AMSA (Australian Maritime Safety Authority) has issued a warning to inform of a scam which supposedly offers overseas residents a Maritime Security Identification Card (MSIC) and Australian visas to gain jobs with cruise companies.
ccording to AMSA, the scammers claim to be AMSA employees, and employees of other Australian Government departments and agencies. Fake forms which feature AMSA’s logo are used to extract personal information and money from victims.
Real or fake job offer
Questions to ask:
- Does the job offer sound or look real?
- Did you apply for the job that is being offered?
Receiving an unsolicited job offer can be one of the first signs that the offer is not real. AMSA will never request money to be paid to another organisation, company or account
The job offer may be fake if:
- The company asks for personal identification and financial information using the job application form
- The individual is asked to pay fees related to work permits, police clearance checks, visas, MSIC cards (Maritime Security Identification Card), marine certificates and other licences
- The company is claiming to collect the money for AMSA or they claim that AMSA requires that fees be paid to the company.
Look at the email address
AMSA’s email addresses end with: ‘@amsa.gov.au’ and do not contain strings of numbers or strange letters.
The email address ‘[email protected]’, is fake.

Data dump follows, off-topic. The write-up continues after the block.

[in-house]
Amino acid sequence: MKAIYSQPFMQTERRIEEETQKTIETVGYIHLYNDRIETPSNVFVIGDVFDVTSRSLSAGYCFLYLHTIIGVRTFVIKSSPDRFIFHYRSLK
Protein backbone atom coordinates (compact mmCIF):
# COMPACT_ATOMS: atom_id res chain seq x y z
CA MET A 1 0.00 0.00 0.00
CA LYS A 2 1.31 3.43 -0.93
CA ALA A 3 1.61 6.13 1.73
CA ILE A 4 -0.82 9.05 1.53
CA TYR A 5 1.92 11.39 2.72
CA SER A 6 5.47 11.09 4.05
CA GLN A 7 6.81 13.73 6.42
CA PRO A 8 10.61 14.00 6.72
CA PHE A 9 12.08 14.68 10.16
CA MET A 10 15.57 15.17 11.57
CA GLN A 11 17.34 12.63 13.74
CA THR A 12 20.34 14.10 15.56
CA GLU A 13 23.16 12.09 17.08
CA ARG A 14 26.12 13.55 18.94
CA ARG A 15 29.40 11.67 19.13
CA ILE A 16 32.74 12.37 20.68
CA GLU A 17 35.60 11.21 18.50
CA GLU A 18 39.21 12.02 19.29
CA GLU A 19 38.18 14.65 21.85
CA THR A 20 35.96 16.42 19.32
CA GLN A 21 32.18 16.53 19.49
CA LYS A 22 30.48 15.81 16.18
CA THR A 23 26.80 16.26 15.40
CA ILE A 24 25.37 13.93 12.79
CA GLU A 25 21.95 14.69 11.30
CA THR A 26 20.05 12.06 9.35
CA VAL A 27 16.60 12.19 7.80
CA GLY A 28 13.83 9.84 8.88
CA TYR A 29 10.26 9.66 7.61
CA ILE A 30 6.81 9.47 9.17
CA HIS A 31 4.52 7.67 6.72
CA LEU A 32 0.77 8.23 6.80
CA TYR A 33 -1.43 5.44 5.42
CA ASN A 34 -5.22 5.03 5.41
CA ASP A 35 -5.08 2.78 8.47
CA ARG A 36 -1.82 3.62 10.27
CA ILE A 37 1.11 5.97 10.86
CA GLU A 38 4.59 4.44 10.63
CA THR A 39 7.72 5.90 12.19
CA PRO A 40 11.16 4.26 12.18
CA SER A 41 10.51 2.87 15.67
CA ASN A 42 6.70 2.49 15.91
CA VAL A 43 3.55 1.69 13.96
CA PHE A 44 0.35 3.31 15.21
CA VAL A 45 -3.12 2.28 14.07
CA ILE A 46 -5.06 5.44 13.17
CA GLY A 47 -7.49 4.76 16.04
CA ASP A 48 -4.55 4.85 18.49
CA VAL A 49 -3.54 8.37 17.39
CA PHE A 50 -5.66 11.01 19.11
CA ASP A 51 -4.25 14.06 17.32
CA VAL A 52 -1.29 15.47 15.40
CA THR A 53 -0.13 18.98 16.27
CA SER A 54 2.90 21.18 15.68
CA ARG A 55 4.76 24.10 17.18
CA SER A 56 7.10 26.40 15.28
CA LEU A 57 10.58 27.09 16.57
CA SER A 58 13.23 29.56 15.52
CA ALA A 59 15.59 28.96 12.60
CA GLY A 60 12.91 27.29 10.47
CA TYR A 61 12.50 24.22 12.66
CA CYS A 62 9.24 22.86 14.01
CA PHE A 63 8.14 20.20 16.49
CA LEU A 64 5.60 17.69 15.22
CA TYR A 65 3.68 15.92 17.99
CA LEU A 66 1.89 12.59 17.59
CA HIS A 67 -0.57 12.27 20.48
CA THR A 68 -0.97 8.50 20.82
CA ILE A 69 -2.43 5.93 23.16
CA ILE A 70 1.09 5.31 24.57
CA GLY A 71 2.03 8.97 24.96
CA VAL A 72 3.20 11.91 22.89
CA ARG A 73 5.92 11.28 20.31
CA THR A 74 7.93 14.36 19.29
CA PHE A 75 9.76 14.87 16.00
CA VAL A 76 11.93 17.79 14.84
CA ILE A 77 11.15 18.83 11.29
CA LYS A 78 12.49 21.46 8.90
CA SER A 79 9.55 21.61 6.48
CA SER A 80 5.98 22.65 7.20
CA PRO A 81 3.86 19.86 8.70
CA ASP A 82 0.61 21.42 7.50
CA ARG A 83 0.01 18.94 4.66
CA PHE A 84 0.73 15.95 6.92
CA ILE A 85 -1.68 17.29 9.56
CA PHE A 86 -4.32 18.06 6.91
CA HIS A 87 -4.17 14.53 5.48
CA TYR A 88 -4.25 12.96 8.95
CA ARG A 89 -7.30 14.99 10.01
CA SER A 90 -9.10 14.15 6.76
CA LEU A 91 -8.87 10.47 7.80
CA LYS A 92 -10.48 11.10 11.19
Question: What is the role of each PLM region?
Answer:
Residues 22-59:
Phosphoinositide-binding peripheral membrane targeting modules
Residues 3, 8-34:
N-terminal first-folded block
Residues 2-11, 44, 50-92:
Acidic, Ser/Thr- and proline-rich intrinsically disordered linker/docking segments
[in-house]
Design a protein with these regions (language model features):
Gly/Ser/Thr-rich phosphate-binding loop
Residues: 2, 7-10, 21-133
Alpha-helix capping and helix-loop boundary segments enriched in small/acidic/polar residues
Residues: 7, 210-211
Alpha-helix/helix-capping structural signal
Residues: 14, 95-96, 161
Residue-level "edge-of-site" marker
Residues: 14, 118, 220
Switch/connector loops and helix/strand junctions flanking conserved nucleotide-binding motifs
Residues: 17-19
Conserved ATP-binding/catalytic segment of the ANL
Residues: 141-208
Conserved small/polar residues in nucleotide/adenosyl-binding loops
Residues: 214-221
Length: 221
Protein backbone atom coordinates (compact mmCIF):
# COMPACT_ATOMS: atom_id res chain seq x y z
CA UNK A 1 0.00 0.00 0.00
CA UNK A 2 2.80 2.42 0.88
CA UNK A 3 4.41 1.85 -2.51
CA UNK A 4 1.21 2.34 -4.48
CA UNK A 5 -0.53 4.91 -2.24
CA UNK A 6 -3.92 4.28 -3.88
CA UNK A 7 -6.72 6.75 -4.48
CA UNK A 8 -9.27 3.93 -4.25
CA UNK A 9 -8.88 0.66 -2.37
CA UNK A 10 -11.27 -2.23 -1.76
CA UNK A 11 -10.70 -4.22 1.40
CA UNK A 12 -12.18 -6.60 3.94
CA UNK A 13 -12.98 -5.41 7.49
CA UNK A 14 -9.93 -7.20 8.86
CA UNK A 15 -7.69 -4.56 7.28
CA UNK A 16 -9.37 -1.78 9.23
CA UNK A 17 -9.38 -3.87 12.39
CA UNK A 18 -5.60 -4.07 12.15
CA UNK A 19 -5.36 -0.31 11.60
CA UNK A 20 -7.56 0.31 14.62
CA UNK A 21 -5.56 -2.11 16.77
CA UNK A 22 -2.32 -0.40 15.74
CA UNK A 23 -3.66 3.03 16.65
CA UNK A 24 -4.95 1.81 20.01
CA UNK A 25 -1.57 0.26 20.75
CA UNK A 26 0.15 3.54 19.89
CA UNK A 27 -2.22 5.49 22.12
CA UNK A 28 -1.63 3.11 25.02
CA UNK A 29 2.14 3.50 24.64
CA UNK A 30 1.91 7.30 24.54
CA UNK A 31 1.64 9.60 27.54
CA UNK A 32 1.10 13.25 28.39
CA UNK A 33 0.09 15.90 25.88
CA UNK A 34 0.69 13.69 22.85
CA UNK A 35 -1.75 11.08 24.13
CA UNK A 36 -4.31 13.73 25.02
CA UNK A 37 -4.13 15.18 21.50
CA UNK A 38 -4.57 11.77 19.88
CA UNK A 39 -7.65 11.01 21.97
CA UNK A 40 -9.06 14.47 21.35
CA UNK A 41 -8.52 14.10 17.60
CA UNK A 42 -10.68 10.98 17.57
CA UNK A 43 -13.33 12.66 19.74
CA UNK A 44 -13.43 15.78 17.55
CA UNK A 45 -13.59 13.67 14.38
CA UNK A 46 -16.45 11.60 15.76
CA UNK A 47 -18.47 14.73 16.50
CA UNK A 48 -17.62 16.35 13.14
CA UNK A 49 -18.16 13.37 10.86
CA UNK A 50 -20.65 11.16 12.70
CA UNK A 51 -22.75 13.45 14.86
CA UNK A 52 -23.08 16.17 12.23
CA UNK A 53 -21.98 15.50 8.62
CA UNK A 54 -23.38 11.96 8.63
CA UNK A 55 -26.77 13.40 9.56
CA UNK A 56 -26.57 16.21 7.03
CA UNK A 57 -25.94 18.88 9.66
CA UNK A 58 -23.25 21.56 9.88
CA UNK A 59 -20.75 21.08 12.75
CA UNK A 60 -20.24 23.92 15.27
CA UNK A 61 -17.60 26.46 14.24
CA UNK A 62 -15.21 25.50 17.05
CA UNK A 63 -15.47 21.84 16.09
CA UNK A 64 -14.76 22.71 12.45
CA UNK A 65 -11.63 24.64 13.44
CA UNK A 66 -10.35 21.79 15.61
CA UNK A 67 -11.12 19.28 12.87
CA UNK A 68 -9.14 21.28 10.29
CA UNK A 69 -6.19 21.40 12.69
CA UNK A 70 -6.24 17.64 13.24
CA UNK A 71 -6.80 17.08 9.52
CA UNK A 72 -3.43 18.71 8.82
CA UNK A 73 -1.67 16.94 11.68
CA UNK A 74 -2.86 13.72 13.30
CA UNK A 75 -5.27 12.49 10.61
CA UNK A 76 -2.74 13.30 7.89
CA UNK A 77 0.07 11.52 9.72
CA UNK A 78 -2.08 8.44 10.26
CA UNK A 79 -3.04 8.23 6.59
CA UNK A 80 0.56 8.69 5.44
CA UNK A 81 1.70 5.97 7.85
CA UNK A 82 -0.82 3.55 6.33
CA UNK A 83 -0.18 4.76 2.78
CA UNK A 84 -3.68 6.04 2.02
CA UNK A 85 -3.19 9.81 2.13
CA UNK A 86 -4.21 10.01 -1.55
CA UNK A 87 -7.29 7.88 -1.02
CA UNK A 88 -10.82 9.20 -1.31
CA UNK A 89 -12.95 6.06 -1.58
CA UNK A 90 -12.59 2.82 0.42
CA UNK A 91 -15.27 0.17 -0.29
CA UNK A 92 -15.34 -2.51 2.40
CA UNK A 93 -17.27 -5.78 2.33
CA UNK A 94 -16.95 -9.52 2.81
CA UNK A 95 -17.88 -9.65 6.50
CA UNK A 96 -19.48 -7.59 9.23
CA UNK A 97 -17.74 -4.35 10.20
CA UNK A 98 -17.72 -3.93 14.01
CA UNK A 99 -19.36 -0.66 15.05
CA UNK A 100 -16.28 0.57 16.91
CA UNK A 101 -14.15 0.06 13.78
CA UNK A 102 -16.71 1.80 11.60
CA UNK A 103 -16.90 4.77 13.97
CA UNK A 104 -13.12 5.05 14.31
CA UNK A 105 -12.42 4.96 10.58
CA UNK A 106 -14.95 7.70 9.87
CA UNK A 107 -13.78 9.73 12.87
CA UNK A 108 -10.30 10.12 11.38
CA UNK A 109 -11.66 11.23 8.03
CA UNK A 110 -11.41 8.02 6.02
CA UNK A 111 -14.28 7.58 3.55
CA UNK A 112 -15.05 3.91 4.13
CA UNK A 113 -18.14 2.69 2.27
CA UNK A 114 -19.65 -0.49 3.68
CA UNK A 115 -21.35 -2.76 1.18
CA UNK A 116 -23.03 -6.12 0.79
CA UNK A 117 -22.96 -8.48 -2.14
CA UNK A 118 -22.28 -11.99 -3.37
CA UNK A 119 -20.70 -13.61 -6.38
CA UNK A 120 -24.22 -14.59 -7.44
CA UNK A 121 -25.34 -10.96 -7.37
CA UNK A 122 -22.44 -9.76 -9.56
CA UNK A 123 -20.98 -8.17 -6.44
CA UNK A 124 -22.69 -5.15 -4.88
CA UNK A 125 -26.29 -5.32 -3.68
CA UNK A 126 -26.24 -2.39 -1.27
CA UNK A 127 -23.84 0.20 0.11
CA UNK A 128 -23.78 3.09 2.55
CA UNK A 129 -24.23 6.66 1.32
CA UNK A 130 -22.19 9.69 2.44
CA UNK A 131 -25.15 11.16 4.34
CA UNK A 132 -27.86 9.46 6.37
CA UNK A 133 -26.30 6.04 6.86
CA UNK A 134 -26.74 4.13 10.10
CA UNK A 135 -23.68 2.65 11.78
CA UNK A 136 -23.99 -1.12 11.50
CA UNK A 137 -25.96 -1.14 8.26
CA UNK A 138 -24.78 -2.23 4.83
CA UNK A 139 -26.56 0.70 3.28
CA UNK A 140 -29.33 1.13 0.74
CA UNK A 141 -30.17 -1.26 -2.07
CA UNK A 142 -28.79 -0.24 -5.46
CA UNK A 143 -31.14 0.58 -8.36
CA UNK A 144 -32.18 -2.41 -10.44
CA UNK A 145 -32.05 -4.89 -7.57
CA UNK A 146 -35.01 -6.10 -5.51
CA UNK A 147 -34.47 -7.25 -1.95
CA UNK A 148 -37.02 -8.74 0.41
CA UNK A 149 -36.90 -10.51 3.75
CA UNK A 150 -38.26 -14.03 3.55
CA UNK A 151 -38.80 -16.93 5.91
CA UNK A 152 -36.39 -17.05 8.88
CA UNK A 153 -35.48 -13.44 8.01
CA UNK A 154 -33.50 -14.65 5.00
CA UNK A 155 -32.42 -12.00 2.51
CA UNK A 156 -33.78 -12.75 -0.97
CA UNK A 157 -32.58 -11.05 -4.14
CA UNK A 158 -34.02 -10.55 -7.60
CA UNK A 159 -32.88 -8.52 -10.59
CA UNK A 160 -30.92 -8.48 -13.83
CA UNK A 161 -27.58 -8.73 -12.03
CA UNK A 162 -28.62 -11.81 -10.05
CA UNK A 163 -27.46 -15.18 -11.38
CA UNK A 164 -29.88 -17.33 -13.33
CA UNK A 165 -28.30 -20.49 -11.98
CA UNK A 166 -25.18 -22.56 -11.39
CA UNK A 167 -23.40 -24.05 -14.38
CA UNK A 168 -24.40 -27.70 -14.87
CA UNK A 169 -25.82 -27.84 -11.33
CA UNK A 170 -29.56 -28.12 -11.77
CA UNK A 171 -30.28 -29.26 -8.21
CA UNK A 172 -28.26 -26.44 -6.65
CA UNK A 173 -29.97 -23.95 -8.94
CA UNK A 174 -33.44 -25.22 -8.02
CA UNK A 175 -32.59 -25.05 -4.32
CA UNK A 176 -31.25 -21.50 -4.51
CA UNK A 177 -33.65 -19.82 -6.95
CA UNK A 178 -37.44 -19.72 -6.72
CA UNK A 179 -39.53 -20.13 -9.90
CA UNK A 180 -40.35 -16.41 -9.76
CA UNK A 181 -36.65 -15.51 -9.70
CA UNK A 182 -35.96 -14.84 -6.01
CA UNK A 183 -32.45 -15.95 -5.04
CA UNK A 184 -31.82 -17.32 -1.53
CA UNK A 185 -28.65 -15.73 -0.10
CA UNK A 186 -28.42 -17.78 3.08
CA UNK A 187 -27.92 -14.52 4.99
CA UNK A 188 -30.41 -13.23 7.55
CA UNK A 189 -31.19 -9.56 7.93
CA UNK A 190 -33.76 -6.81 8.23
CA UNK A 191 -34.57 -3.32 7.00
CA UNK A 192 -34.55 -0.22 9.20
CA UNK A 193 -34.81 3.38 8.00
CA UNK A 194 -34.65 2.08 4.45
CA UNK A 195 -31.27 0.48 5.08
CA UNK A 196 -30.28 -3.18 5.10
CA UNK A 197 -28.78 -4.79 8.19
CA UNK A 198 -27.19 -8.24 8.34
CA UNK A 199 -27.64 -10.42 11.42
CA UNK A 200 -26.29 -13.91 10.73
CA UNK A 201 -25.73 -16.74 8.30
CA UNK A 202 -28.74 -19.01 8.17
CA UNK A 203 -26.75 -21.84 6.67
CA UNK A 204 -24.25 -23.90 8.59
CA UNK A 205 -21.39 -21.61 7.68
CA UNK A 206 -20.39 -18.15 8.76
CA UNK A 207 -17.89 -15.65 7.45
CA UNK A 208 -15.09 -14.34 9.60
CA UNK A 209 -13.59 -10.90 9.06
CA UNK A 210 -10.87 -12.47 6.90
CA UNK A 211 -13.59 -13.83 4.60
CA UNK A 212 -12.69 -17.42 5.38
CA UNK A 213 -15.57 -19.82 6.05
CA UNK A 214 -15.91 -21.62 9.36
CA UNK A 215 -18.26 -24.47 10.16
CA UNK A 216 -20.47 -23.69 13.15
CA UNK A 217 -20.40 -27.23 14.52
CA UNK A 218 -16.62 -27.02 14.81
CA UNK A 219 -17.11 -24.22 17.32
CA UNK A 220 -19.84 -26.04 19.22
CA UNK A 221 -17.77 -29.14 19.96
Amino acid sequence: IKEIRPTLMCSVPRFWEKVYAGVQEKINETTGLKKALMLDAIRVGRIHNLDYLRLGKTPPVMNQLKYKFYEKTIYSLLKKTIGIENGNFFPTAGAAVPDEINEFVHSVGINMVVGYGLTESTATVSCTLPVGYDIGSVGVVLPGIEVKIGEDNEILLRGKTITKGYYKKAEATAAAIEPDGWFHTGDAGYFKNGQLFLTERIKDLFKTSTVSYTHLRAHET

The Authority is called the Australian Maritime Safety Authority (AMSA) not the ‘Australian Maritime Office’ or ‘Australia Maritime Union’.
‘Captain Mrs. Mirabelle Mass of the Australian Maritime Office’, ‘Mr. Gordon Lawton Llewellyn of the Australia Maritime Union’, ‘Mrs Cheryl-Anne Moy’ and ‘Mrs Anne Connell’ are fake names which have been reported to us by victims of these scams.
- Do not reply
It may be tempting to reply to them or ask follow-up questions—but do not reply to the email or call them back unless you find out it is real.
- Contact the actual company offering you the job
- Find out if the job offer is real by contacting the organisation that made the offer.
- Do not reply to the email or use the contact details they have given for the job offer.
- Contact the actual company using their official website or phone number as listed in a telephone directory to ask if the job offer is real.
Report the scam
Report suspected scams to Scamwatch at the Australian Competition and Consumer Commission (ACCC).